Comstock's magazine 1117 - November 2017 - Page 51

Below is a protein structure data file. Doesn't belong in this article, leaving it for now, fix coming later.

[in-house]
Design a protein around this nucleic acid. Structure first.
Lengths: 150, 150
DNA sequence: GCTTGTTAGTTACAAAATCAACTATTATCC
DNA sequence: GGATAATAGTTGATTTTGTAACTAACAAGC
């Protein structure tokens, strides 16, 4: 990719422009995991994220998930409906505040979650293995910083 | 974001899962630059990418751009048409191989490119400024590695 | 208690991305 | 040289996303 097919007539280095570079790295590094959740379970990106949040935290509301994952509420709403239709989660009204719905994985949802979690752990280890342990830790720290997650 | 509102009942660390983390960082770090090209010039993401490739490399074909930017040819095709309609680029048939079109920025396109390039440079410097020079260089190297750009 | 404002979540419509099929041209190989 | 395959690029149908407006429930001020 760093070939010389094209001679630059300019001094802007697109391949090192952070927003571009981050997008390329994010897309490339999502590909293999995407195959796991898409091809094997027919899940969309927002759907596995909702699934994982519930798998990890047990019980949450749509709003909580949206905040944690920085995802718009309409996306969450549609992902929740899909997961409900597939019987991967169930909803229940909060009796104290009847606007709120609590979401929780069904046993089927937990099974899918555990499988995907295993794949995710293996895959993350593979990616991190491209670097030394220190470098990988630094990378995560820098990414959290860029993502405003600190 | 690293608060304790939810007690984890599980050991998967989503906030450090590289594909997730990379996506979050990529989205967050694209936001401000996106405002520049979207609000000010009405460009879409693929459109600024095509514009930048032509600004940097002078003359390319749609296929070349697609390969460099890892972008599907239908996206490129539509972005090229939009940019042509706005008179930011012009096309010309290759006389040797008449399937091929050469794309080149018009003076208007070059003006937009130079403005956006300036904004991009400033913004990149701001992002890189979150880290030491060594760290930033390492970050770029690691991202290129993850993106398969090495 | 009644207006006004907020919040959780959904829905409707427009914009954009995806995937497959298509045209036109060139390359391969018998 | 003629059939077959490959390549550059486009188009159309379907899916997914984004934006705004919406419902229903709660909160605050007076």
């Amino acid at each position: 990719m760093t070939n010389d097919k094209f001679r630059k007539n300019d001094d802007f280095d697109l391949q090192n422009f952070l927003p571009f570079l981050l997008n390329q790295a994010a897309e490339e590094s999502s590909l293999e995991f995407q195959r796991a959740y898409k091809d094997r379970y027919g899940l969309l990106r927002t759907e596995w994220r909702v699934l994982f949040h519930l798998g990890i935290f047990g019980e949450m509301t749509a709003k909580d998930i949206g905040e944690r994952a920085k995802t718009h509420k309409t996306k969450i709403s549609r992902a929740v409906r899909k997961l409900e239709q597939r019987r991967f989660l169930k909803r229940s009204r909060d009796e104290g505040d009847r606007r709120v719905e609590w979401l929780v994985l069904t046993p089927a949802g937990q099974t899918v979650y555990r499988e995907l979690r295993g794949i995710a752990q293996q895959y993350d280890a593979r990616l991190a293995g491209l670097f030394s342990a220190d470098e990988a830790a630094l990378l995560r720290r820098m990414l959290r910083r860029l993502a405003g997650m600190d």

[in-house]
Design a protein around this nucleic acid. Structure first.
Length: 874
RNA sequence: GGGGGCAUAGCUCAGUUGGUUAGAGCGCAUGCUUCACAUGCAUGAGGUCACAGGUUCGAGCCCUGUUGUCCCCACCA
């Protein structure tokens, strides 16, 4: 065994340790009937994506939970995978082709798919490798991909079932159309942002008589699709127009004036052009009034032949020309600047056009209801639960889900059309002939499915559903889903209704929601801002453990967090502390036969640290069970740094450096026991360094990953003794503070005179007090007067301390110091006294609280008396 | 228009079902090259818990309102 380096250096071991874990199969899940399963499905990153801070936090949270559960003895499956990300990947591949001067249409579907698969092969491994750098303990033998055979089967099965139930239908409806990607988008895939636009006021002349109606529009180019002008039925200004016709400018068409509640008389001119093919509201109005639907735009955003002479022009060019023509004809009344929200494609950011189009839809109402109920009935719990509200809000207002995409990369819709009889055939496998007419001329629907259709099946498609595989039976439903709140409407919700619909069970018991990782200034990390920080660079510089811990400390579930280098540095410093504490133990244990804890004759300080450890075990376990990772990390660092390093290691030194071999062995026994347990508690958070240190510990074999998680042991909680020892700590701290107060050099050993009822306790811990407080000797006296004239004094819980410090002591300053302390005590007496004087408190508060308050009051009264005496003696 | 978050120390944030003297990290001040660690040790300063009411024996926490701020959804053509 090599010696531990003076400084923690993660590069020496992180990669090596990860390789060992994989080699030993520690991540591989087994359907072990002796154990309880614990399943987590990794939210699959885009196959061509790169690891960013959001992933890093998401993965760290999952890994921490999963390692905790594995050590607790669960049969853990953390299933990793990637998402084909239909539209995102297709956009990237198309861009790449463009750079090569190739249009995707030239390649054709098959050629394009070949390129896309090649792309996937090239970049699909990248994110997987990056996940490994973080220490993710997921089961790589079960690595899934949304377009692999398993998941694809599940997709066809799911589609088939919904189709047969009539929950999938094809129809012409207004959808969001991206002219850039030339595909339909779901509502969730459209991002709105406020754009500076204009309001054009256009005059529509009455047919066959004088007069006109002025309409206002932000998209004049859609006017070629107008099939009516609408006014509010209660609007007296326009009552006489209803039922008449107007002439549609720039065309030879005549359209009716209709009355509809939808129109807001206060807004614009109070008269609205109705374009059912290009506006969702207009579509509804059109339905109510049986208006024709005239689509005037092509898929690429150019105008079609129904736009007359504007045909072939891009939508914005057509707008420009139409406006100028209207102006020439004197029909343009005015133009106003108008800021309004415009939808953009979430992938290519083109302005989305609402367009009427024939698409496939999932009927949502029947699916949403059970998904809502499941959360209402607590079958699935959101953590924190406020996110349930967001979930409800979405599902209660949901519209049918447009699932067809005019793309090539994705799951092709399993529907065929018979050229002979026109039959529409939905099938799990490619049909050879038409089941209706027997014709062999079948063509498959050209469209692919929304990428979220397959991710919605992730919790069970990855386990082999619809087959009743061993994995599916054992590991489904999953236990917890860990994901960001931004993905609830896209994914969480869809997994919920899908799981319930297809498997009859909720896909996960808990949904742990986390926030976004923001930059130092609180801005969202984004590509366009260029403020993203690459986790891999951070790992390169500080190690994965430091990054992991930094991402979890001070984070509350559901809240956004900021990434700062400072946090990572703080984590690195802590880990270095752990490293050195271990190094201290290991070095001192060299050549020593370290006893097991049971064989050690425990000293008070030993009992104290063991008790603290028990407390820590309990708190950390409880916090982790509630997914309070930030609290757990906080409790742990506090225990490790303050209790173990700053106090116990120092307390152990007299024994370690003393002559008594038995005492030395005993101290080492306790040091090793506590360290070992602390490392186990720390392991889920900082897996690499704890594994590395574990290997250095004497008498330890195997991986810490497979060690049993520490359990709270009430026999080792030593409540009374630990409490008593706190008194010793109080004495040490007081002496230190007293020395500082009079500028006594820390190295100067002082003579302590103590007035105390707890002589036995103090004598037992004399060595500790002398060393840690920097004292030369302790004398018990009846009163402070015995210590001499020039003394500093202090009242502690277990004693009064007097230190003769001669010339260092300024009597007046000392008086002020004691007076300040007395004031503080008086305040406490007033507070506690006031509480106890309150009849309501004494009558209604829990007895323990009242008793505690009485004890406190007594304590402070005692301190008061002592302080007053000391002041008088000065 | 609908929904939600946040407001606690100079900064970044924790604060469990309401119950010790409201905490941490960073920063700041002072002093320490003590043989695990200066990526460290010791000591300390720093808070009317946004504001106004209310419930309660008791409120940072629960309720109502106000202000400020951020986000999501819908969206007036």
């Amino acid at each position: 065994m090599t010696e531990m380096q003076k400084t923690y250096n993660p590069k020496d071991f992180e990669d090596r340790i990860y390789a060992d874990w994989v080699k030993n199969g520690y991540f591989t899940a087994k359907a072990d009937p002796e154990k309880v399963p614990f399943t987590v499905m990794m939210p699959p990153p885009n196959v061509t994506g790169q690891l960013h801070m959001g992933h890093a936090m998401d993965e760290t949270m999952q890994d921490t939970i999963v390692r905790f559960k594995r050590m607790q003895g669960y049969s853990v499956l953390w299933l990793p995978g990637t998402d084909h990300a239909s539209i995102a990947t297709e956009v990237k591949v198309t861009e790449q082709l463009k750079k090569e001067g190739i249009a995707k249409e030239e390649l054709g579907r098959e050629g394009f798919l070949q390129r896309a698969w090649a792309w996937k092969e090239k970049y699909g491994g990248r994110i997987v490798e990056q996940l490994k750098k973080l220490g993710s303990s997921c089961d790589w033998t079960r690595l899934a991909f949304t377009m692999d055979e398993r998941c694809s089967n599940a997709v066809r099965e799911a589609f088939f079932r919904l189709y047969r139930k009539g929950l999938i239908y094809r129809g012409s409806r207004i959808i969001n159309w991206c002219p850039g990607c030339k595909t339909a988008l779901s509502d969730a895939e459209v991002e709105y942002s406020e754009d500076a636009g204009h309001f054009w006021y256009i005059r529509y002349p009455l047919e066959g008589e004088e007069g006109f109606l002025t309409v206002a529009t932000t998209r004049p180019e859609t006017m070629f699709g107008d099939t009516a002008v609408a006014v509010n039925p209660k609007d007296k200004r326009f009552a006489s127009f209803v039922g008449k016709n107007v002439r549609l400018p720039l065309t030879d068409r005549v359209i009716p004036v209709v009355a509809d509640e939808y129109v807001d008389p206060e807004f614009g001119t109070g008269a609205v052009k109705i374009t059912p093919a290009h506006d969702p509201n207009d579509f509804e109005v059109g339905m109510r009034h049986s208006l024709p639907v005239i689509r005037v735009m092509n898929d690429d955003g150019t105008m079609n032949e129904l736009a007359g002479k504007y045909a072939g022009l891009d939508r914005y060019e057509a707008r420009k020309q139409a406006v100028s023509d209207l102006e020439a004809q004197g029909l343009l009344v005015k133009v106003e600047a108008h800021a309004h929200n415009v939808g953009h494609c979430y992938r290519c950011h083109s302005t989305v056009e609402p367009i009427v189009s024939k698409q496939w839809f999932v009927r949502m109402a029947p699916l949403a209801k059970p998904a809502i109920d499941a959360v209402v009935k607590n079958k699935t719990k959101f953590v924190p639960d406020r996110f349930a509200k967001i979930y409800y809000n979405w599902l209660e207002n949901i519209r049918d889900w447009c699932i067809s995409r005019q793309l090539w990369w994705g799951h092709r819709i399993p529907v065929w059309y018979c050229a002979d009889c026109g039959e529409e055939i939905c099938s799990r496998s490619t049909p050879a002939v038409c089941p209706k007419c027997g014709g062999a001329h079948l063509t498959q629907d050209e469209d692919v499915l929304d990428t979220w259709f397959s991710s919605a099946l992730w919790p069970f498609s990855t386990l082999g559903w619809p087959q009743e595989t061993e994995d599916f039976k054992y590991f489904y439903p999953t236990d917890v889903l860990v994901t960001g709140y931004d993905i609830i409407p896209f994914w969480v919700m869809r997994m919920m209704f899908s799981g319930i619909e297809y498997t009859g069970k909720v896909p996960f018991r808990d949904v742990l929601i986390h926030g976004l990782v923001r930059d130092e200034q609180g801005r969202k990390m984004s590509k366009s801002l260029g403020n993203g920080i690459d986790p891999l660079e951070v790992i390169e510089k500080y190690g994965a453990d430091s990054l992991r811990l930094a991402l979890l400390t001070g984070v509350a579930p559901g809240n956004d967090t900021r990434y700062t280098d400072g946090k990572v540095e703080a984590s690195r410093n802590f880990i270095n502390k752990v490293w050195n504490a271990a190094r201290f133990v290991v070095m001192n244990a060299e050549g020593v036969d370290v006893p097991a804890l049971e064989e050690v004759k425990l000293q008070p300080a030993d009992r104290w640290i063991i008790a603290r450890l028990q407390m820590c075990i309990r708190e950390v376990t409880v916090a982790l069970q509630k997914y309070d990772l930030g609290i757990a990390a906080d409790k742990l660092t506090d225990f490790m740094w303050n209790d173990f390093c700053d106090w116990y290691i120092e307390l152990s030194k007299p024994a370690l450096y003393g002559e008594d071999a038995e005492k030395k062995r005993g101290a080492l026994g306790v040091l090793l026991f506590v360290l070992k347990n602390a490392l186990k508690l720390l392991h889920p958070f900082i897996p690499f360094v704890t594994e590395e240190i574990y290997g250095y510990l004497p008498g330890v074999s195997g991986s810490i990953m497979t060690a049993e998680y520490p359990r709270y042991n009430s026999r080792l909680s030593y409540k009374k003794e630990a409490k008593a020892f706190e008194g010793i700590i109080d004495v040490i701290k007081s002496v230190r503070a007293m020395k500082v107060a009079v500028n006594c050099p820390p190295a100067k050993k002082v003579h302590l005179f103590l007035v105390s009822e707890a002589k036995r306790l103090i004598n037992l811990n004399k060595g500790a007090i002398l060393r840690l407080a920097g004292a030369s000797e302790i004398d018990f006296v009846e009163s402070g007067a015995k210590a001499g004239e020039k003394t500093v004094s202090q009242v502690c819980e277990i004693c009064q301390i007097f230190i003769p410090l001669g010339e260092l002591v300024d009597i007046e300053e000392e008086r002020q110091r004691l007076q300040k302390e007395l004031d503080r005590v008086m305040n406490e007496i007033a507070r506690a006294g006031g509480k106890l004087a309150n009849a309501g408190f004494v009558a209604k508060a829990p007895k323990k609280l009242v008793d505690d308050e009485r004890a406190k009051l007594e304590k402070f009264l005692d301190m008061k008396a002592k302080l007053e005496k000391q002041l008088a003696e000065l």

about $1,000. Then in the accounting software, she substi- tuted the owner’s name for hers, as the recipient. That in itself wouldn’t raise suspicion, since the owner often wrote checks to himself. Then she’d get back to work. There was a remaining step — the riskiest. She’d always volunteer to collect the mail, meaning she’d be the first to get her hands on the bank statement. That was crucial be- cause it showed copies of her self-dealing checks. Statement in hand it was back to her office, where she kept a folder with an X-ACTO knife, whiteout and tape. On the damning checks, she’d surgically remove her name and implant the owner’s. Next, she went to the copy machine to remove the traces of her doctoring. It helped that the owner never checked the statements. Fast-forward three years and more than $200,000 later. One month, the employee got behind on her name-trans- plant duties. Unfortunately for her, it was tax time, and an outside accountant in the office asked for the latest state- ment. It wasn’t in the files because it was on the employee’s desk waiting to be doctored. The owner called the bank, which helpfully faxed over the missing statement. The wayward staffer tried but failed to intercept the fax, and it was soon in the hands of the owner and tax accountant. “What’s this?” the owner asked the employee when he read the checks. She had no answer, and he fired her on the spot. (Real names omitted per Barrett and Stalker's CPA profes- sional code of conduct, including a duty to maintain client confidentiality.) HOW NOT TO BE A VICTIM Small companies assume they can’t afford expensive control measures to stop cases like these. The fraud ex- aminers survey found bigger companies far more likely to have sound anti-fraud controls like external audits, fraud hotlines and fraud training — all of which detect and stop theft faster and so cut the losses if it does happen, accord- ing to the report. In fact, small firms can afford prevention, says Stalker. In 2010, she and Conrad Davis, a partner at accounting firm Crowe Horwath, wrote a white paper on inexpensive steps that small- and medium-sized organizations can take. For example, business owners should check bank state- ments before bookkeepers do. They should look at all canceled checks to make sure the payees are legitimate and that signatures and endorsements are authentic. Is your family business struggling with growi